We scored our equalizer on 100 Minutes and 9 Seconds, comfortably within the requisite additional time.   So what Pep is so uppity about?  For all his faults, the referee was actually spot on with his timekeeping.

And as for the Mirror using this as a stick with which to bash Arsenal beggars belief. Beggars belief, but doesn’t surprise.

15 Replies to “Time added on: how Guardiola and Smith conspired to be quite wrong”

  1. I suppose we could employ an official timekeeper to start and stop the clock according to an official agreed upon standard…nah, that’d take away the beautiful history of the game and our ability and right to moan about time added on.

  2. Of course, referees could have prevented some of this, by being way more proactive about blatant time wasting tactics, rather than wait to minute 85 before pulling out a yellow card, as that has made it worth while for teams to use those tactics. Or referee associations could have pushed that?

  3. So good to see a reference to the fans’ right to see a 90 minute match rather than the managers’ wish to keep it as short as possible.

  4. To use the newly fashionable concept of “game management”, events proved that Manchester did not manage the game very well!

    On a separate point, perhaps Guardiola would have preferred Rodri to have been sent off, as he deserved, so that he would not then have been able to have his penalty saved by our keeper.

    There are no surprises in the bias of the media. Had the result been reversed, Arsenal would have been criticised for not concentrating to the end and Manchester praised for not giving up even until the final minute.

  5. Great read Nitram and you are spot on as usual. Amazing what a few facts can reveal is it not.
    You would think the journalists would try using facts occasionally, just for the sake of accuracy. But of course they are not concerned with reporting facts accurately, they are more interested in feeding us their own particular agendas.
    Smith is a serial Arsenal critic, he likes to come across as more intelligent than your average pundit but in truth he is just as stupid and corrupt as the majority of the others.

  6. mick shelly

    Thank you for your kind words, and yes it certainly is amazing what a few facts can reveal.

    Some of them even surprised me.

    One thing I forgot to mention in my piece was regarding this idea of bookings and fines for time wasting, which is all very well but none of the time added on Sunday was for time wasting. As far as I could see, as I watched live, both teams just got on with it. Which is why Smiths comments riled me so much, and were key in prompting me to do the research I did.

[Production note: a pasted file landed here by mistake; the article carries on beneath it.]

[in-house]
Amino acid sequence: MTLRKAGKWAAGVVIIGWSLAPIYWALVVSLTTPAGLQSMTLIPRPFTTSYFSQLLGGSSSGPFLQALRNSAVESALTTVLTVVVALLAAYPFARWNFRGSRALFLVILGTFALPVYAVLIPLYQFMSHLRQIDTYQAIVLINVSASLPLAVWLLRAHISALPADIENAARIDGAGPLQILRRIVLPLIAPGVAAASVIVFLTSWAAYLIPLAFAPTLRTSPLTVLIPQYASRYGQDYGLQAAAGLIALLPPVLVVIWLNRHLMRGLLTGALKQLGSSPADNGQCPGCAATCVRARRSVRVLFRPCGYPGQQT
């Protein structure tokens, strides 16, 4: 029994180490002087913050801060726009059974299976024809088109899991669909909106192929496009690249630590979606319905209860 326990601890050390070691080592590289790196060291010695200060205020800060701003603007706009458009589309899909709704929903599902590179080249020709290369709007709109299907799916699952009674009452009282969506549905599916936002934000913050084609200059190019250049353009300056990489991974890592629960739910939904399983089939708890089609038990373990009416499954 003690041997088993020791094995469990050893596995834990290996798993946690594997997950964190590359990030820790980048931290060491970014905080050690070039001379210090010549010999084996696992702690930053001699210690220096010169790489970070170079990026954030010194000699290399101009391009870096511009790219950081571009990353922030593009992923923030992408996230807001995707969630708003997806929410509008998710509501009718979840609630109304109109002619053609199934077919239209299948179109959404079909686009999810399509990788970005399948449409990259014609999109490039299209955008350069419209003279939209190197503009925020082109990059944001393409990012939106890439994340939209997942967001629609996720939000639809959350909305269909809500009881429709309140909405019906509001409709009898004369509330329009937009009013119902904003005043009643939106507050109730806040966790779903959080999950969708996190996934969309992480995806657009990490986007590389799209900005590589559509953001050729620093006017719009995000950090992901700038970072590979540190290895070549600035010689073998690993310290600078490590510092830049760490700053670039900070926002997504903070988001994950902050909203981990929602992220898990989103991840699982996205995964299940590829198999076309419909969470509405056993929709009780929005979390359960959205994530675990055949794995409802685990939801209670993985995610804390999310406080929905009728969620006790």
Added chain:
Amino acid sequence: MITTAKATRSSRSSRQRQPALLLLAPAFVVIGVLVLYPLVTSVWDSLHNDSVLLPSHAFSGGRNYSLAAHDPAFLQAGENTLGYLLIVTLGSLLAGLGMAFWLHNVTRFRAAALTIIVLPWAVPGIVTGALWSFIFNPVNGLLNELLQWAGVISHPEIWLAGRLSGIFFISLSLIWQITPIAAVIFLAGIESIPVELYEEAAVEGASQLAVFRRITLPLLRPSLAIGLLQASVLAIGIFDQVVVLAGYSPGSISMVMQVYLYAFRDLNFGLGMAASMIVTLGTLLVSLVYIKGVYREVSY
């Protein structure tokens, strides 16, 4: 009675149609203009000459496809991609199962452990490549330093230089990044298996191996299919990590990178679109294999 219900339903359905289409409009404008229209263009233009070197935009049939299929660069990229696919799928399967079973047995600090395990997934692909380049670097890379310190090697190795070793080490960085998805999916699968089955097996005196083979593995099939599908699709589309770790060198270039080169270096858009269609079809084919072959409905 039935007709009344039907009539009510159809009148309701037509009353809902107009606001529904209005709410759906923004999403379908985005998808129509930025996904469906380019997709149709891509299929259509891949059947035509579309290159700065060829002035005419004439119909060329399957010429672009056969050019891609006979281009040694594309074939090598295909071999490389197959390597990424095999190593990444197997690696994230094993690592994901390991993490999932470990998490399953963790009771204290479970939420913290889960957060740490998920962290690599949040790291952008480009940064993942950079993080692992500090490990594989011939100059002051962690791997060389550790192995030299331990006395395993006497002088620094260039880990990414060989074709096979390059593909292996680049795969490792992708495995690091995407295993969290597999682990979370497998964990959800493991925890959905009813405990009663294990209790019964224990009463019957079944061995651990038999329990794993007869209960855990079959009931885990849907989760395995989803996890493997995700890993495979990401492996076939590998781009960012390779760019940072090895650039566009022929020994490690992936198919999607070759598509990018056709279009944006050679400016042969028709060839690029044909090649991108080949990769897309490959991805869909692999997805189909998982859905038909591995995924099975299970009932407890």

Smiths assertion that the time was added due to Arsenals ‘histrionics’ had absolutely no basis in reality..

    This is a bit of meat on the bones of those stats to explain just why:

    As I said, the actions during a game that are predominantly used for time wasting, Free Kicks etc. accounted for a mere 20 seconds beyond the guidelines used in the 2018 World Cup. This is what each action accounted for:

    Free Kicks = 0 Seconds
    Corner Kicks = 0 Seconds
    Goal Kicks = 17 Seconds
    Throw Ins = 3 Seconds

    And here’s the thing. The Goal Kick was a Man City Goal Kick, and that was only delayed because it was the one during which Gabriel was carded. So certainly no time wasting on Man City’s behalf. And the one slightly long throw was also Man Cities. Both keepers also distributed the ball from hand rapidly, neither wasting any time.

    So in reality, throughout all those ‘time wasting’ opportunities Man City wasted a miniscule 3 SECONDS and Arsenal a big fat ZERO, making Smiths accusations all the more scandalous.

    Tony often talks about apologies. What are the chances of Smith apologising for this particular piece of baseless Arsenal bashing?

    By a strange coincidence, another big fat ZERO.

  7. As far as I am concerned, over the ps years, whatever respect I had for Guardiola has changed into a ‘rich kid never satisfied’ feeling. Respect I’ll have when he turns around a team with limited finances and makes them winners. Until then, he may be a master tactician, but is incapable of building a team : he gets the owners to buy it.

    And the way City have become adept at all non-sportsmanlike conducts makes them a team I do not enjoy watching. I’d rather watch Pool! ….

  8. It’s in the Daily Mirror. It must be true.

    They’re not part of Reach plc for nothing 🤣🤣

    Alan Smith’s press accreditation should be revoked. Any supporter goodwill deriving from Anfield ’89 has long since evaporated.

  9. Great piece Nitram. Although trust you to spoil the unsubstantiated opinions of “experts” by using facts 🙂

    The one obvious thing nobody appears to have mentioned though is this. Arsenal are the team accused of time-wasting. However, I think we can probably all agree that a team that is losing isn’t traditionally the one which wastes time, they want to get on with it in order to equalise. Had someone accused the team who was winning of timewasting, their argument may, on the face of it, have had some credibility.

    I would love to see this article appear in a newspaper or on the bbc website but we all know it won’t. They don’t like facts…..particularly if they show Arsenal in a good light!

  10. Nitram,
    Terrific analysis! I’m hoping the new guidelines re added time will be enforced. 50 minutes of play out of 90 is unacceptable. And who is in such a hurry to get the match over with? Journos? Who cares. Certainly not the fans, especially those paying for seats.
    Mikey makes an excellent point. Surely, down a goal, Arsenal would try to waste as little time as possible to have a chance to equalise. And they did. Sorry, Anti-Arsenal cretins. If managers don’t want want a lot of added time, tell their players not to waste it.

  11. Thank you again guys for your kind words.

    And lets not forget, despite the additional 12 plus minutes added to the 2nd half on Sunday, none of it was for what you would call ‘time wasting’. Both teams kept the game flowing and didn’t indulge in any of the usual shenanigans to delay play. Every delay was for either genuine injuries or legitimate (non P!$$ taking) substitutions.

    Heaven knows how Smith’s going to ENDURE a match that has to take into account Newcastle’s antics!!!

  12. Newcastle will be playing midweek games this season, so they will need to ensure that their domestic Saturday kick-offs have finished by Tuesday evening.